Investors are sinking cash back into the largest junk-bond exchange-traded fund signalling that the rout in the market for risky corporate debt may be overdone.
BlackRock’s iShares iBoxx High Yield Corporate Bond exchange-traded fund absorbed a record $1.5-billion (U.S.) over the past six days, according to data compiled by Bloomberg, a sign that sentiment among credit investors is improving as crude rebounds from a 12-year low. The flows mark a reversal from the start of the year, when a similar amount was pulled from the ETF as the Standard & Poor’s 500 index plunged more than 10 per cent.
“A few weeks ago, some people were scared that we were headed back in 2008 – perception of fundamentals was pretty bad,” said John Manley, who helps oversee about $233-billion as chief equity strategist for Wells Fargo Funds Management in New York. “We were way ahead of ourselves. We’re back looking at things in a more sensible way.”
Investors are taking note, as shares of companies with weak balance sheets, hit hardest during the worst-ever start to a year for U.S. stocks, have started to reprise their role as outperformers amid the latest rally. The companies stand poised to benefit from drops in the premium on high-yield debt and lower borrowing costs for junk issuers.
“Both ETF and open-end high-yield mutual funds had pretty bad outflows,” said Dan Fuss, vice-chairman of Boston-based Loomis Sayles & Co. “That seems, for the moment, to have ended. It could be at the moment or that moment could be very long.”
Investors are piling into bets on equities that track high-yield bonds, with BlackRock’s ETF absorbing $1.2-billion last week, the most since inception in April, 2007. The total included a single-day record of $481 million on Feb. 16.
The Merrill Lynch U.S. High Yield Index lost 11 per cent over 12 months ended Feb. 11. It has since added 4.2 per cent as sentiment improves. The average yield on the debt this fell Monday to 9.3 per cent from 2016 high of 10.2 per cent.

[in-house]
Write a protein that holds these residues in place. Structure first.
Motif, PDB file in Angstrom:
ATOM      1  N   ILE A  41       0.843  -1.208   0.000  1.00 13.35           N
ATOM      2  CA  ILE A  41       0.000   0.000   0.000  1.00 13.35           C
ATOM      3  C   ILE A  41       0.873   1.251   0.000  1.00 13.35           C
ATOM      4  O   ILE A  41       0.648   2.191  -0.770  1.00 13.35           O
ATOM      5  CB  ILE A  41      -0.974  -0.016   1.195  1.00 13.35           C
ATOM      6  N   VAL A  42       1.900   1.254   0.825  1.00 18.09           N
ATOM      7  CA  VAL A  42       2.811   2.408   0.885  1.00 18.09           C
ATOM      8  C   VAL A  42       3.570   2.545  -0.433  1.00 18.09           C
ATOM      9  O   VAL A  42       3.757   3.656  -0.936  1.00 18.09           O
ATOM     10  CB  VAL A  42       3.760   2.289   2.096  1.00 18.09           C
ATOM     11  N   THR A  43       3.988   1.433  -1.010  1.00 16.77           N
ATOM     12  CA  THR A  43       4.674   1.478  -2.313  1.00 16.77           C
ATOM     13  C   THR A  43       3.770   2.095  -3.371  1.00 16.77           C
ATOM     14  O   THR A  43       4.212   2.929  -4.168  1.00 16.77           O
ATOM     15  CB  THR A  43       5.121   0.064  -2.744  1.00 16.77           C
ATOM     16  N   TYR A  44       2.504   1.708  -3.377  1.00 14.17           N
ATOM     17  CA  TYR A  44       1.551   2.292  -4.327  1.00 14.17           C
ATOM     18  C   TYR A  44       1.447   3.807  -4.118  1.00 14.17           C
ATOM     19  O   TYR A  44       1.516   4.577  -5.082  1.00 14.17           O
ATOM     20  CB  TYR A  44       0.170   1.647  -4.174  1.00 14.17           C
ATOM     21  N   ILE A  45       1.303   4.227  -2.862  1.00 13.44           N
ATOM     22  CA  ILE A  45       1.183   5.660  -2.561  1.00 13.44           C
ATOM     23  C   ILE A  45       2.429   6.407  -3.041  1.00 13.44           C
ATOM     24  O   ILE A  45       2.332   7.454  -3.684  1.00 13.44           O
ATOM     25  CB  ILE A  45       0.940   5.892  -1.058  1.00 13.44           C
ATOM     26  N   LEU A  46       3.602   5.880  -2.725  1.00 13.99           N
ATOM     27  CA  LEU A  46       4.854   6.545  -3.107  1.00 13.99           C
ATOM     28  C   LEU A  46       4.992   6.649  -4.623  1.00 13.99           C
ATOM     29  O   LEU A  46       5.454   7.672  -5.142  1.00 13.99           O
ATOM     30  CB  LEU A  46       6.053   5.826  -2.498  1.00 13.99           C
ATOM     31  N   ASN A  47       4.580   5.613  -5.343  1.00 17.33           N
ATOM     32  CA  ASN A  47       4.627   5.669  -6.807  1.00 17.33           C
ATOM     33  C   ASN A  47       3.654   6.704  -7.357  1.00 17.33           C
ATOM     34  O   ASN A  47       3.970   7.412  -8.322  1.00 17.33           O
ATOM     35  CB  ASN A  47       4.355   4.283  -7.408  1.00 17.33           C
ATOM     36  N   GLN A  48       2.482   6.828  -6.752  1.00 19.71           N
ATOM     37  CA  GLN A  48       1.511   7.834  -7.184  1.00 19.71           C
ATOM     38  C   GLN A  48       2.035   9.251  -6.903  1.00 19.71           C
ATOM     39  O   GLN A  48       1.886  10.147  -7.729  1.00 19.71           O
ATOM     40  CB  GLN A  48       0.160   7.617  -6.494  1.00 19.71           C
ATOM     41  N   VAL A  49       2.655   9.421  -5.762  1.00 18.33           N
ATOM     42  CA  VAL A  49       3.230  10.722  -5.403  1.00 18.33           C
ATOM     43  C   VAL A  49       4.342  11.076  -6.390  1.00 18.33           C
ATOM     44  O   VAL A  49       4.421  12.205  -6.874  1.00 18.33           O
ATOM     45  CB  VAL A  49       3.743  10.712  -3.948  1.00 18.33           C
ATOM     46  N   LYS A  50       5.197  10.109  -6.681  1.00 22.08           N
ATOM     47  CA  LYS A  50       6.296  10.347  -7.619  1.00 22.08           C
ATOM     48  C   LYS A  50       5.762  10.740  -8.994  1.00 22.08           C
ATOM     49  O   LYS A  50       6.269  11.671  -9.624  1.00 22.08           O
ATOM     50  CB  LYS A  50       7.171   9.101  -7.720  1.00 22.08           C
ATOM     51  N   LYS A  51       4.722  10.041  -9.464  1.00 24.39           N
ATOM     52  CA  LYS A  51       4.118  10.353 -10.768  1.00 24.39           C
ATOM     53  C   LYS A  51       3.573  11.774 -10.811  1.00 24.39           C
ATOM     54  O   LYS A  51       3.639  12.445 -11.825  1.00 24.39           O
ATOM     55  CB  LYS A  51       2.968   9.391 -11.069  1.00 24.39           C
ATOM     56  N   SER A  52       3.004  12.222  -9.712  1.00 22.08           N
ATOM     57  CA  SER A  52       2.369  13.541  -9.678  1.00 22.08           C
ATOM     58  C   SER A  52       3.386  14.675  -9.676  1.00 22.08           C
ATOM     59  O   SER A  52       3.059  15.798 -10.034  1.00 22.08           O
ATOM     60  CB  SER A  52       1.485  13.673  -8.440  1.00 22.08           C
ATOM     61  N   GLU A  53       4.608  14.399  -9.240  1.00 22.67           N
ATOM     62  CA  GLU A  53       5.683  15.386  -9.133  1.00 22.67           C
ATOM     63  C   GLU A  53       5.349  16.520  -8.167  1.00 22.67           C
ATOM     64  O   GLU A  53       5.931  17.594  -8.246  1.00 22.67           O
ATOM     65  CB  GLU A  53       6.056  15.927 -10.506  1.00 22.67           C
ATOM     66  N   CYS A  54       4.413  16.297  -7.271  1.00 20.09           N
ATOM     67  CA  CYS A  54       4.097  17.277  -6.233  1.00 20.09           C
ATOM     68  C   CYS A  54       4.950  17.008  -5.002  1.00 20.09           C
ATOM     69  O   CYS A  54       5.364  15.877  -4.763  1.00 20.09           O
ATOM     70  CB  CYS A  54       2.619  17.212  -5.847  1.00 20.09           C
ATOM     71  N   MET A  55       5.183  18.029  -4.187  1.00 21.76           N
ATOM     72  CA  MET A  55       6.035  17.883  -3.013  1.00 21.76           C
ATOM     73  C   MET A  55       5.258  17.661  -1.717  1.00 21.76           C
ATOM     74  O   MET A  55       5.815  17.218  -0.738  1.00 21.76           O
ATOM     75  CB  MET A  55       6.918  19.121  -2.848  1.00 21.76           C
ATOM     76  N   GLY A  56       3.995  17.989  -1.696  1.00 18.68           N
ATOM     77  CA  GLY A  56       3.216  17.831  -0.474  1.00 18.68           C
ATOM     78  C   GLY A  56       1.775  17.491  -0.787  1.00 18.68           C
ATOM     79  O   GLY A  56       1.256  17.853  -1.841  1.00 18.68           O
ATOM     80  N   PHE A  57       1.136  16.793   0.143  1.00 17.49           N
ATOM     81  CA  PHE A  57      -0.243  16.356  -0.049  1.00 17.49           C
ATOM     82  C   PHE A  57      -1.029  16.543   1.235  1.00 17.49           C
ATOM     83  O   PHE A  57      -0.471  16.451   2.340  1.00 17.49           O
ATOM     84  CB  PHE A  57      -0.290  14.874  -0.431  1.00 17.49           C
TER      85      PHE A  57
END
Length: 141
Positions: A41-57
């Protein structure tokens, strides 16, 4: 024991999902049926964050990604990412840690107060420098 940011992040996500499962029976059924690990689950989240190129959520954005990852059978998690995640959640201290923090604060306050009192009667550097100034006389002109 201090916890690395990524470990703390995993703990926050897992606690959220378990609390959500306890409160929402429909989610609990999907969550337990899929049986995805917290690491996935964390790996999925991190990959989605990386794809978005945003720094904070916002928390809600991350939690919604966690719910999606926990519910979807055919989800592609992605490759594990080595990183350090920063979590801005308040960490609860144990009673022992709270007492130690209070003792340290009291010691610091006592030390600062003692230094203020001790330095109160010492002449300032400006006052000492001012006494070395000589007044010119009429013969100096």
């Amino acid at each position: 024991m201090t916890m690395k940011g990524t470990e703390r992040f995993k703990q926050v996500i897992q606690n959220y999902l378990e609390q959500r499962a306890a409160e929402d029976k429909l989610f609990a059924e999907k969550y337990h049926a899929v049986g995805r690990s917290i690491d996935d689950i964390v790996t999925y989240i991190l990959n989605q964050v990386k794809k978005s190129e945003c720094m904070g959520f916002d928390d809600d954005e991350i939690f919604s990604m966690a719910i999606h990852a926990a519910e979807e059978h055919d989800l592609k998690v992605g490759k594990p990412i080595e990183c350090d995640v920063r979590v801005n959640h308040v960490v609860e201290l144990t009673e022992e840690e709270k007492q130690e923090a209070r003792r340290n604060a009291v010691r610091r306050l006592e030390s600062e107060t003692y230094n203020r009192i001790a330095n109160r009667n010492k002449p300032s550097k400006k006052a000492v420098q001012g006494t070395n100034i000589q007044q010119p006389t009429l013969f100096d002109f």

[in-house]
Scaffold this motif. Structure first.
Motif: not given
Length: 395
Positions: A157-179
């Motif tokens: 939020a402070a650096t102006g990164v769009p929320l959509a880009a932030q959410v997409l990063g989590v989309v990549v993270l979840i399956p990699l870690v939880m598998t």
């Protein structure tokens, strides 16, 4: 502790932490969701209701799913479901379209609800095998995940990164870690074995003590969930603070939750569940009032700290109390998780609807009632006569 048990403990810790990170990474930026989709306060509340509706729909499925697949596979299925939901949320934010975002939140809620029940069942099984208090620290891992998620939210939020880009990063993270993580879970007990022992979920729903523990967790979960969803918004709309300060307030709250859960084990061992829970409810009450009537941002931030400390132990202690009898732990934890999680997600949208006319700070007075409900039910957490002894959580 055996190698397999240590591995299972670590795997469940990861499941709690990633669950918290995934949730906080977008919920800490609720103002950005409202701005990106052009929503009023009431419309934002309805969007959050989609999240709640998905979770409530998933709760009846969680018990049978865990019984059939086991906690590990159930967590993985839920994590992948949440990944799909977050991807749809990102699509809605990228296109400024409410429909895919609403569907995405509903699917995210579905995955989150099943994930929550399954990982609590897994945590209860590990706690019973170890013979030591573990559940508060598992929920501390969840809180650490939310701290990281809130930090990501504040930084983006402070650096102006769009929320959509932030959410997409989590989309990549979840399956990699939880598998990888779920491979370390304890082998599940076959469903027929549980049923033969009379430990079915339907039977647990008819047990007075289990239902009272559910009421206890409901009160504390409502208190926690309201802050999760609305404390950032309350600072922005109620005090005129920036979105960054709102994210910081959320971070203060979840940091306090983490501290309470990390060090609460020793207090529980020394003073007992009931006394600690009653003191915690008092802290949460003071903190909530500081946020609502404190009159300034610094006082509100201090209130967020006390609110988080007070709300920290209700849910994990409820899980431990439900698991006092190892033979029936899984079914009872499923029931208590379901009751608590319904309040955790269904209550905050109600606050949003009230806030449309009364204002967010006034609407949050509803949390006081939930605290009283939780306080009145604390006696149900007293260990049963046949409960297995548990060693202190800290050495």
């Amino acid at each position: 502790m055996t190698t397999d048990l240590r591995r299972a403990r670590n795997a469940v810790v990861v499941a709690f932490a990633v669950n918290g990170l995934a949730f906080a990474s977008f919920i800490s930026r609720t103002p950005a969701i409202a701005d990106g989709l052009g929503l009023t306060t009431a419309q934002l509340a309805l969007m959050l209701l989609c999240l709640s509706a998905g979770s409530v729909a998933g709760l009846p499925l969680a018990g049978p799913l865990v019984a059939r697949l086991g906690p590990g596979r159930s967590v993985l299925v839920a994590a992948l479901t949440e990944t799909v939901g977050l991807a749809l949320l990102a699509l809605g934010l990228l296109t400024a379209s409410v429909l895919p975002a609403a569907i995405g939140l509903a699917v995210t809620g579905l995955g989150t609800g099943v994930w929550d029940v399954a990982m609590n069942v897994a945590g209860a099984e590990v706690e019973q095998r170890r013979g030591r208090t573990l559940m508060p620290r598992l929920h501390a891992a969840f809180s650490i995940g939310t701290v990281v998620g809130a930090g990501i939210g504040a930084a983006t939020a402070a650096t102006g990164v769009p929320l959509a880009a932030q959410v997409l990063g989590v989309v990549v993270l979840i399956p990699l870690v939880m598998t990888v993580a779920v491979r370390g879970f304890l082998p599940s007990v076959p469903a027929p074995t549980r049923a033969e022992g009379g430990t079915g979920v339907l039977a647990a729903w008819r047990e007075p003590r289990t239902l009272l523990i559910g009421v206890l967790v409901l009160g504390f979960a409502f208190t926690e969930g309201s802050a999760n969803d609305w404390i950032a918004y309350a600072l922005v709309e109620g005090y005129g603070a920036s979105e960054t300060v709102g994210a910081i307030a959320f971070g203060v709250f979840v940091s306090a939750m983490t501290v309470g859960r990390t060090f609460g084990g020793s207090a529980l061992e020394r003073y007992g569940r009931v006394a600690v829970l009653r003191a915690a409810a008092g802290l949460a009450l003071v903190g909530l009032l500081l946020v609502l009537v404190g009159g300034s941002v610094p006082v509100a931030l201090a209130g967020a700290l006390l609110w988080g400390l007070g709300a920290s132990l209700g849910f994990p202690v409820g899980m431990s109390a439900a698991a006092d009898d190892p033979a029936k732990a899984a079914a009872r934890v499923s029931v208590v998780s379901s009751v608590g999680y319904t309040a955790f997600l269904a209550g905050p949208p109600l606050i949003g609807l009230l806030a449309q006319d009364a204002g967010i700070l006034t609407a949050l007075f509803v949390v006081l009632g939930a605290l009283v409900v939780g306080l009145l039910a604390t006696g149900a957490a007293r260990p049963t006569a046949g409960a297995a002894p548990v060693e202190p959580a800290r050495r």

Improving tone in the junk debt market is benefiting some issuers. Hospital operator HCA Holdings Inc. Tuesday shifted the mix of a financing by boosting the bond part of the deal to $1.5-billion from $1-billion and reduced loans it was was seeking by the same amount to $1.5-billion, according to a person with knowledge of the deal, who asked not to be identified because the information hasn’t been made public.
There were few things investors could do better with their money in the past three years than put it in stocks backed by the weakest balance sheets. That trade reversed to start 2016 as crude sank and global equities plunged into a bear market amid persistent concern that China’s slowing growth will spread. As those forces have eased in the past two weeks, stocks have rallied and junk-rated shares have drawn investor attention.
Junk stocks in the S&P 500 equity benchmark, of which 14 per cent are energy companies, have benefited from a rebound in crude. The price of oil has increased in six of the past seven days, and is up 31 per cent to $34.40 a barrel.
“Oil has been the culprit for high-yield, and it’s just a question of how they work through it,” Mr. Manley said. “Every dollar above $30 that it goes up is crucial. In a year, things will be better – it’s just a question of getting from here to there.”Report Typo/Error